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My Sunday afternoon project this weekend was to add a bit of jQuery pixie dust to the tag trend graph page. The new Stack Overflow Tag Trends page allows you to choose which tags to compare and produces a graph interactively. You can also capture a link to a particular graph, for example the history for the homework tag is amusing.

Available tags are those that have been used for 100 or more questions (1835 tags total at the moment).

Here's a recent newsworthy graph:

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Wow, pretty awesome. –  Sam152 Mar 7 '10 at 13:42
    
@Greg Hewgill: why is Forth excluded? Today I tried with these four tags: jquery python django forth. Forth is not a very active tag, but still. –  Peter Mortensen Mar 13 '10 at 22:01
    
@Greg Hewgill Can you update the data? It look a little outdated. –  Horcrux7 Aug 31 '11 at 11:26
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@Horcrux7: I fixed the post, it was pointing to old links. The top level stats page (for all SE sites) is: hewgill.com/~greg/stackoverflow –  Greg Hewgill Aug 31 '11 at 19:37
    
I think it's informative to see how few Facebook questions there are in comparison to Android questions, especially with all the recent discussion about Facebook.SO. And @Greg, yer links are broken! :) –  Chris Frederick Aug 31 '11 at 20:20
    
@Chris: Your link is broken, I had already fixed the one in the post :) –  Greg Hewgill Sep 1 '11 at 8:57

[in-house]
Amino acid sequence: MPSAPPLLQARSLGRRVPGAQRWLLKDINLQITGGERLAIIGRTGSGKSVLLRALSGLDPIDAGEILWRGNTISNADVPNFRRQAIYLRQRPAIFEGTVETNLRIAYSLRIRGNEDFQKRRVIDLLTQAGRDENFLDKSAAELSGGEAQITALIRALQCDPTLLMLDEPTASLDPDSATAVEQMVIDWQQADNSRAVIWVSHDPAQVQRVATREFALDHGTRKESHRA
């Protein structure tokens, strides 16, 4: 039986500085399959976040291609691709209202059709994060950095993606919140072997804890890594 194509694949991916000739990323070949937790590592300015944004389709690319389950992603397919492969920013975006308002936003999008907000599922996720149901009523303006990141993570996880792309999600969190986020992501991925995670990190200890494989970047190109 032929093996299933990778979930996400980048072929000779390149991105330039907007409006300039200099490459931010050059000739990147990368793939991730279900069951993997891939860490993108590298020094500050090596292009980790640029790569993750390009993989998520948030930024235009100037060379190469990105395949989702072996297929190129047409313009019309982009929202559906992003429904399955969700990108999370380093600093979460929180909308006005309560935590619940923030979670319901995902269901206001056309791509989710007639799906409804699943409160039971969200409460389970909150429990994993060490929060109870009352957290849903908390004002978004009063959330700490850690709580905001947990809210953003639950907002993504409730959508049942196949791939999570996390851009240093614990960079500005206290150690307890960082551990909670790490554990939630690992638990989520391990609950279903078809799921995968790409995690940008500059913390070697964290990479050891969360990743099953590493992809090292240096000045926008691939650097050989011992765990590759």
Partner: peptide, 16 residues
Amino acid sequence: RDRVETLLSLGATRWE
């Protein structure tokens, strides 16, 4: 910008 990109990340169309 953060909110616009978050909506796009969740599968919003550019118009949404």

Well, yes. . .but I copied the link directly from the [link] button on your site. Did I do something wrong? –  Chris Frederick Sep 1 '11 at 17:24
    
@Chris: My apologies, you are quite right. The [link] button should be fixed now. –  Greg Hewgill Sep 1 '11 at 19:22
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2 Answers

Nice piece of work, @Greg Hewgill.

It will be interesting to see how the the numbers develop as Stack Overflow trends towards a more industry-wide audience.

See, the problem with these "growth rates" is that they reflect primarily the growth of Stack Overflow, not the industry in general. Stack Overflow started with a disproportionately strong .NET presence because of Joel's and Jeff's influence in drawing the initial audience.

So when you see a percentage gain in technologies like PHP or a percentage loss in .NET, that doesn't (necessarily) reflect anything more than the normalization of Stack Overflow's audience coming more in line with the true developer population.

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Absolutely cool. And intriguing. Yay for the low number of bugs on Meta :O)

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